By Chad Ingram
Haliburton County councillors should proceed with the commissioning of a third-party governance review for the county and its lower-tier municipalities, but only if the political will exists to actually do something with the results.
Back in February, council instructed staff to perform a shared services review, essentially an inventory of areas where the county and its four lower-tier townships –Dysart et al, Minden Hills, Algonquin Highlands and Highlands East – already collaborate or share resources. This includes things like some joint training, joint tendering on roads materials, cross-border road maintenance agreements, shared software and so forth. A staff report also included suggestions for more formal, larger scale collaborations, such as a countywide building department, or countywide waste contracting.
Last week, councillors received the report and discussed what the next steps should be. There was discussion of, and seemingly quite a bit of support for, hiring a third-party consultant to conduct a review of the structure of the local government. Another staff report outlining a process for conducting that work will come back to council. It is something the county should proceed with, so long as that study doesn’t end up just collecting dust bunnies somewhere.
The prospect of single-tier governance was much discussed during last fall’s municipal election campaign. Certainly there is an appetite for amalgamation among many county residents. That said, there are also those who oppose it. As has been written in this space before, while cost savings may be one reason some residents favour the idea, it is not certain there would be substantial cost savings, and some members of county council certainly contend there would be none.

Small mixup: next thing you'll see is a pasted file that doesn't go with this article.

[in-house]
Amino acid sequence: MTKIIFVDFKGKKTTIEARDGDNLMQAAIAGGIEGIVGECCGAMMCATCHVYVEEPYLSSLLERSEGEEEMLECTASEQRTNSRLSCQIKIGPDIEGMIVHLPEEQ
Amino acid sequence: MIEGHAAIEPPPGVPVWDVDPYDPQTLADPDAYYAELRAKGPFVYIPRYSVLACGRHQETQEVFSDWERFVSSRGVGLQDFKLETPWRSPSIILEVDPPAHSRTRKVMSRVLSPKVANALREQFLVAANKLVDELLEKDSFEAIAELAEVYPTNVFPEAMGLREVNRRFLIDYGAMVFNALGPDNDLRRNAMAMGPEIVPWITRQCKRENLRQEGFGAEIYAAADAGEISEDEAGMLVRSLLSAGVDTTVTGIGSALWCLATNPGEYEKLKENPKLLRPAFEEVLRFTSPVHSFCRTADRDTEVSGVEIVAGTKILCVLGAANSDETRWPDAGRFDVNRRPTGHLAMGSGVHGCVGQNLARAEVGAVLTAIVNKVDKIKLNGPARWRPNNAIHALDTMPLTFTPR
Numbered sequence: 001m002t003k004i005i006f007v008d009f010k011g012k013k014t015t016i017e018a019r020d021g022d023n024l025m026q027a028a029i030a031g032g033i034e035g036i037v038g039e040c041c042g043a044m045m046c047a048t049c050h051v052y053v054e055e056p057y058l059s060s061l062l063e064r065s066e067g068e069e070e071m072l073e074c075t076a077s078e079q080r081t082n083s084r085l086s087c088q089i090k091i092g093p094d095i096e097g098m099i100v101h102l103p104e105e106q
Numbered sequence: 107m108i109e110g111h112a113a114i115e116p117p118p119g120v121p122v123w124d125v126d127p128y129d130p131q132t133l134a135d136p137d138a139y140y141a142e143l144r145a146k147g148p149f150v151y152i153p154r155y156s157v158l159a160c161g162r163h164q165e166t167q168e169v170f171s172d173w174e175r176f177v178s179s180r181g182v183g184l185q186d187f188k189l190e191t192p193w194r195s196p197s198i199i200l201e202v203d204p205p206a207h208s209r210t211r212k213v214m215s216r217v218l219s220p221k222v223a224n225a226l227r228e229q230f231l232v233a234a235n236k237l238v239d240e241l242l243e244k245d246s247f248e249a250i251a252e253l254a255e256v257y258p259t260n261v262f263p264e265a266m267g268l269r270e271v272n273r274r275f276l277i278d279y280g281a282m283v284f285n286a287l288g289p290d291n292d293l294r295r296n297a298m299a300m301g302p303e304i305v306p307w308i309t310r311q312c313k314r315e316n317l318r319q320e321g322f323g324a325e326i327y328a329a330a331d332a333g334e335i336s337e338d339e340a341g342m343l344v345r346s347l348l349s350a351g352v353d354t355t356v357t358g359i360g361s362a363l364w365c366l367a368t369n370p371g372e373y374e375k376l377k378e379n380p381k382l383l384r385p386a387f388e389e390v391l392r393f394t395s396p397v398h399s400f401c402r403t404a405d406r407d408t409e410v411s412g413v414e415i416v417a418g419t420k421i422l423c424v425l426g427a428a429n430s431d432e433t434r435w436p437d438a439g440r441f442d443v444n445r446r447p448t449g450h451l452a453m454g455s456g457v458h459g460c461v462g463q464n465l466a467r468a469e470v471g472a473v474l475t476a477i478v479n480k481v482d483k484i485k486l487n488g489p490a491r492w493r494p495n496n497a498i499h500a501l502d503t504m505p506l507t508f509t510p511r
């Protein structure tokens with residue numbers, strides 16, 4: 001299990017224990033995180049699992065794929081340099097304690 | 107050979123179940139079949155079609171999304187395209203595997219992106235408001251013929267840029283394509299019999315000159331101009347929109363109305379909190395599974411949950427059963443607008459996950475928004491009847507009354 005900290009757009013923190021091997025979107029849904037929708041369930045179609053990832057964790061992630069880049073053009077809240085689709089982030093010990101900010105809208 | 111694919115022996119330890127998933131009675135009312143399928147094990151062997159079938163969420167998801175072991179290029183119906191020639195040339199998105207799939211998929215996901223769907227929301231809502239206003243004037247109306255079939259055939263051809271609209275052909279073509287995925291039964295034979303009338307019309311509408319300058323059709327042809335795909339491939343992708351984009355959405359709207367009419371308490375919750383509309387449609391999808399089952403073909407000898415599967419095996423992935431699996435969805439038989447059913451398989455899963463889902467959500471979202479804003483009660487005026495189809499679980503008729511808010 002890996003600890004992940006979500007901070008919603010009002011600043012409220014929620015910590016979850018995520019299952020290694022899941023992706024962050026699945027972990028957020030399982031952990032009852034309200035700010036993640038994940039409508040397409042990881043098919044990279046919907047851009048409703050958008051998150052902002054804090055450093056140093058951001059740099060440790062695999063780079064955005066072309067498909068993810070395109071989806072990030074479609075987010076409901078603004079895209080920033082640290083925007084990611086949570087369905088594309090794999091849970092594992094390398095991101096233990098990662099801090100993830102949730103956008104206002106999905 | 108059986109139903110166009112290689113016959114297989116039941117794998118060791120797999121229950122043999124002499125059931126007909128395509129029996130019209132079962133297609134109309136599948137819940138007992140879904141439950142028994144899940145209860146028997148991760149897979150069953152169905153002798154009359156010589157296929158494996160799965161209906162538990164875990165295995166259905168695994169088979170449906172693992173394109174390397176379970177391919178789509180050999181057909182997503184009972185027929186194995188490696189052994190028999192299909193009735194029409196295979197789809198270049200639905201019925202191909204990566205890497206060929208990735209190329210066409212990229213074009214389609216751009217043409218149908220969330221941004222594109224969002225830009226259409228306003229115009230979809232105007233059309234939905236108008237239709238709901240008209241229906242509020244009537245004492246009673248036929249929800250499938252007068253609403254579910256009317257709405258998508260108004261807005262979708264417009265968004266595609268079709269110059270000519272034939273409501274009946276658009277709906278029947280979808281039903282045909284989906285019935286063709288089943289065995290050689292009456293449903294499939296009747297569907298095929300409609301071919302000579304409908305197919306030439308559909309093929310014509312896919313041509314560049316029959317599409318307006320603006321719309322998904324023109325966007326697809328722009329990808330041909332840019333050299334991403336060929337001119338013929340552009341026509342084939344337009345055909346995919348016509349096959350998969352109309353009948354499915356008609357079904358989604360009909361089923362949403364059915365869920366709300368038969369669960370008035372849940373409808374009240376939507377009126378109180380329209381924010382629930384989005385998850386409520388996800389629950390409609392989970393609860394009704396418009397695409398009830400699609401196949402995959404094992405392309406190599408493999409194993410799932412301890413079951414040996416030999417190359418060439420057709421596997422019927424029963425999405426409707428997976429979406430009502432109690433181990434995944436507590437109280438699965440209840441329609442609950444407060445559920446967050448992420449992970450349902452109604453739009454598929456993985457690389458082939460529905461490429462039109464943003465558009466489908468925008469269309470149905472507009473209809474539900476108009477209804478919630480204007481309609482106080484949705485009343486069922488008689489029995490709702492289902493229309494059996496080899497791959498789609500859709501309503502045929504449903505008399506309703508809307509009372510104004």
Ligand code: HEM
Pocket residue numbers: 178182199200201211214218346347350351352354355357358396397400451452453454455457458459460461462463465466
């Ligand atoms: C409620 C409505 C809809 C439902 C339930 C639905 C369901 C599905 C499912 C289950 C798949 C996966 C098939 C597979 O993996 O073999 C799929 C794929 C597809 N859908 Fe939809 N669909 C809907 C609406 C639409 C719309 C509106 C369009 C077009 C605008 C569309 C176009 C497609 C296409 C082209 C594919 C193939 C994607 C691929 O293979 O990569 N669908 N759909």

A more pressing reason for the creation of single-tier is consistent policy and bylaws across the board. Currently, municipal regulations are a hodgepodge in the county, with bylaws and fees varying from lower-tier township to lower-tier township. Establishing consistent policy is undeniably logical.
It is important that any further work on the subject be done by an outside expert – an independent third party. Independence is important because both municipal councillors and staff are too personally vested in potential outcomes. Those outcomes could potentially change the configuration of council, electoral boundaries and the number of overall municipal seats in the county. They could affect staffing levels, and mean reconfigured staffing structures or job losses. As was mentioned at last week’s meeting, in the small community of Haliburton County, councillors often have personal connections to at least some municipal staff somewhere along the line, whether they be neighbours, friends or family. There is too much that is personal, there is too much that is emotional. And that’s why the objectiveness of a third party would be necessary going forward.
A governance review should include widespread public consultation, as well as consultation with the lower-tier councils. However, if this is going to be a situation where years of discussion lead to the commissioning of a study that is then never used, then county councillors shouldn’t bother. They should save their time, our time and everybody’s money.